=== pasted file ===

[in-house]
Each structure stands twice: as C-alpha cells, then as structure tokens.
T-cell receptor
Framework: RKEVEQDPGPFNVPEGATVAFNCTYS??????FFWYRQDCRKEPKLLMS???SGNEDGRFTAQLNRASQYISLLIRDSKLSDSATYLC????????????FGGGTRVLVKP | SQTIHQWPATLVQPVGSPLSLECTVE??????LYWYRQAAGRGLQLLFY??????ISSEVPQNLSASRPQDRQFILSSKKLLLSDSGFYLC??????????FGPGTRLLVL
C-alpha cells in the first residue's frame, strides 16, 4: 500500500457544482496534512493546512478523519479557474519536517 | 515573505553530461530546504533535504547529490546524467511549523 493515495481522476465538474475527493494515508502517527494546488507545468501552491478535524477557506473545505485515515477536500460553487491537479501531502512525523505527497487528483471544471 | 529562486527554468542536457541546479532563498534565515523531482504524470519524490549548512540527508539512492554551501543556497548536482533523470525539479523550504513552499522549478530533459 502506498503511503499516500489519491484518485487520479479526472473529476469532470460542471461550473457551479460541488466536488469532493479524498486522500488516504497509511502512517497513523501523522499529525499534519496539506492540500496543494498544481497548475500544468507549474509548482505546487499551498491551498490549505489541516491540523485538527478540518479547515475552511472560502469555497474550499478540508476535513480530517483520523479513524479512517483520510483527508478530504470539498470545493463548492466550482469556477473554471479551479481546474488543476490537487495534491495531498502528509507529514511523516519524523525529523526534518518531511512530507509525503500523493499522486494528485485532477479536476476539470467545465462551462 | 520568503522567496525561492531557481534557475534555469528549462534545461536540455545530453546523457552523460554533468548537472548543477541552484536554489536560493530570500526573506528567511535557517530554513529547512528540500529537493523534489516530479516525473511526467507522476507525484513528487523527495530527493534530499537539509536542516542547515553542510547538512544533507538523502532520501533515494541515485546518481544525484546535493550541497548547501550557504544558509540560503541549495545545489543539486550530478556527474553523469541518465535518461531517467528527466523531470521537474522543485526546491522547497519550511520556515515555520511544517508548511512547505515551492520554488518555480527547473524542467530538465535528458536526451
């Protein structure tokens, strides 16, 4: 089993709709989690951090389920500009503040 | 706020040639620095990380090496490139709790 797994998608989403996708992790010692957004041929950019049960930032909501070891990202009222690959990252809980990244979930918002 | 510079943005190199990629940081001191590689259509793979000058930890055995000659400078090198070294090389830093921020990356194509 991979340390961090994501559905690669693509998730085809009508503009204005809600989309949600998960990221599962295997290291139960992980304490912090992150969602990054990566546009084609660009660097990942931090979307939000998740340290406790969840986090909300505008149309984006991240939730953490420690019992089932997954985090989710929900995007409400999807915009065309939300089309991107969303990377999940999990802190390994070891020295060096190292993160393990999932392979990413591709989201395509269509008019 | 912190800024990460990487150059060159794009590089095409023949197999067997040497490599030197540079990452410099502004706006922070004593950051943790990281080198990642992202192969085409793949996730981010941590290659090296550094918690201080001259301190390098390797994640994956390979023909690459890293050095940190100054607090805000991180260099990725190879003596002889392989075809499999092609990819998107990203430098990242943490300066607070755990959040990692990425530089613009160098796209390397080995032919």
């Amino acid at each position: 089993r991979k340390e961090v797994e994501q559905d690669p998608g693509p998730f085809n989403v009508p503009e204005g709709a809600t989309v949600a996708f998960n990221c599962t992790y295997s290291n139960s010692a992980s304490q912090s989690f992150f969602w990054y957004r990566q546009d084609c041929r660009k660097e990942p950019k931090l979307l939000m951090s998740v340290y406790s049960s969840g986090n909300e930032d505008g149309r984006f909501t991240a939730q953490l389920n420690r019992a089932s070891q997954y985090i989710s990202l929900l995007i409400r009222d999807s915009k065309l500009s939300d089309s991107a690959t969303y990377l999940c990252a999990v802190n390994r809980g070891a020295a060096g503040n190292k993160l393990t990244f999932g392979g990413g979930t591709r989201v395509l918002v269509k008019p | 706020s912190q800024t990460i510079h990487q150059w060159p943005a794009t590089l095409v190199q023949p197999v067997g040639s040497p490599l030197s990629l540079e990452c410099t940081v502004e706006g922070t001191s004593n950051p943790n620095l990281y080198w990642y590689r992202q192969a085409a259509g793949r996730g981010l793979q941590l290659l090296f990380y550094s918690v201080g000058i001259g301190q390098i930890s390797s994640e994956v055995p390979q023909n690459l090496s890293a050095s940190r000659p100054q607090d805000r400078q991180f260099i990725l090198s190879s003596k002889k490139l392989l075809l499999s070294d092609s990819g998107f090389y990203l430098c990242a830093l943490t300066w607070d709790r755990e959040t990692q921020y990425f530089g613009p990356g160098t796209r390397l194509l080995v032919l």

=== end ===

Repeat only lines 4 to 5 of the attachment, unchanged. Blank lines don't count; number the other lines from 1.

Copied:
Framework: RKEVEQDPGPFNVPEGATVAFNCTYS??????FFWYRQDCRKEPKLLMS???SGNEDGRFTAQLNRASQYISLLIRDSKLSDSATYLC????????????FGGGTRVLVKP | SQTIHQWPATLVQPVGSPLSLECTVE??????LYWYRQAAGRGLQLLFY??????ISSEVPQNLSASRPQDRQFILSSKKLLLSDSGFYLC??????????FGPGTRLLVL
C-alpha cells in the first residue's frame, strides 16, 4: 500500500457544482496534512493546512478523519479557474519536517 | 515573505553530461530546504533535504547529490546524467511549523 493515495481522476465538474475527493494515508502517527494546488507545468501552491478535524477557506473545505485515515477536500460553487491537479501531502512525523505527497487528483471544471 | 529562486527554468542536457541546479532563498534565515523531482504524470519524490549548512540527508539512492554551501543556497548536482533523470525539479523550504513552499522549478530533459 502506498503511503499516500489519491484518485487520479479526472473529476469532470460542471461550473457551479460541488466536488469532493479524498486522500488516504497509511502512517497513523501523522499529525499534519496539506492540500496543494498544481497548475500544468507549474509548482505546487499551498491551498490549505489541516491540523485538527478540518479547515475552511472560502469555497474550499478540508476535513480530517483520523479513524479512517483520510483527508478530504470539498470545493463548492466550482469556477473554471479551479481546474488543476490537487495534491495531498502528509507529514511523516519524523525529523526534518518531511512530507509525503500523493499522486494528485485532477479536476476539470467545465462551462 | 520568503522567496525561492531557481534557475534555469528549462534545461536540455545530453546523457552523460554533468548537472548543477541552484536554489536560493530570500526573506528567511535557517530554513529547512528540500529537493523534489516530479516525473511526467507522476507525484513528487523527495530527493534530499537539509536542516542547515553542510547538512544533507538523502532520501533515494541515485546518481544525484546535493550541497548547501550557504544558509540560503541549495545545489543539486550530478556527474553523469541518465535518461531517467528527466523531470521537474522543485526546491522547497519550511520556515515555520511544517508548511512547505515551492520554488518555480527547473524542467530538465535528458536526451